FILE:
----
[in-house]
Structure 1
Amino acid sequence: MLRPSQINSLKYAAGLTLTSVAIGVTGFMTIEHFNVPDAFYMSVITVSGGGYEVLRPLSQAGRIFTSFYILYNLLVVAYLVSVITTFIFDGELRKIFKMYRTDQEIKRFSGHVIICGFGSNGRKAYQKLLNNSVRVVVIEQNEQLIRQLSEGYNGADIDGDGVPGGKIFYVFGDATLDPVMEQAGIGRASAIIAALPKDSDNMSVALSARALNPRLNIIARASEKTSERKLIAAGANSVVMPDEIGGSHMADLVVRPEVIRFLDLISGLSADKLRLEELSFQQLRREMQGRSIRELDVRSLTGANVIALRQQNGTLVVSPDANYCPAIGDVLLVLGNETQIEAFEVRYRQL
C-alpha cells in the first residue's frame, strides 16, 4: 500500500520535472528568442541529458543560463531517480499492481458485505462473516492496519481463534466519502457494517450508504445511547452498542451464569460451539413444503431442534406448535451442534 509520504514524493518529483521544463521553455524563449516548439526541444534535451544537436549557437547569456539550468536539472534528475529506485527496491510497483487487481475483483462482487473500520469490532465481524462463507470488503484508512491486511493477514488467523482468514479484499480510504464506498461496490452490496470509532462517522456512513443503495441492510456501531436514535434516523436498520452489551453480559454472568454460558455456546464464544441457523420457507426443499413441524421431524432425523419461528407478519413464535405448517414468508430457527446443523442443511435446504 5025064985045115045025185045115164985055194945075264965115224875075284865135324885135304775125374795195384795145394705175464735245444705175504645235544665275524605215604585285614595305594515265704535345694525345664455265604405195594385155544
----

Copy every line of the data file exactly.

[in-house]
Structure 1
Amino acid sequence: MLRPSQINSLKYAAGLTLTSVAIGVTGFMTIEHFNVPDAFYMSVITVSGGGYEVLRPLSQAGRIFTSFYILYNLLVVAYLVSVITTFIFDGELRKIFKMYRTDQEIKRFSGHVIICGFGSNGRKAYQKLLNNSVRVVVIEQNEQLIRQLSEGYNGADIDGDGVPGGKIFYVFGDATLDPVMEQAGIGRASAIIAALPKDSDNMSVALSARALNPRLNIIARASEKTSERKLIAAGANSVVMPDEIGGSHMADLVVRPEVIRFLDLISGLSADKLRLEELSFQQLRREMQGRSIRELDVRSLTGANVIALRQQNGTLVVSPDANYCPAIGDVLLVLGNETQIEAFEVRYRQL
C-alpha cells in the first residue's frame, strides 16, 4: 500500500520535472528568442541529458543560463531517480499492481458485505462473516492496519481463534466519502457494517450508504445511547452498542451464569460451539413444503431442534406448535451442534 509520504514524493518529483521544463521553455524563449516548439526541444534535451544537436549557437547569456539550468536539472534528475529506485527496491510497483487487481475483483462482487473500520469490532465481524462463507470488503484508512491486511493477514488467523482468514479484499480510504464506498461496490452490496470509532462517522456512513443503495441492510456501531436514535434516523436498520452489551453480559454472568454460558455456546464464544441457523420457507426443499413441524421431524432425523419461528407478519413464535405448517414468508430457527446443523442443511435446504 5025064985045115045025185045115164985055194945075264965115224875075284865135324885135304775125374795195384795145394705175464735245444705175504645235544665275524605215604585285614595305594515265704535345694525345664455265604405195594385155544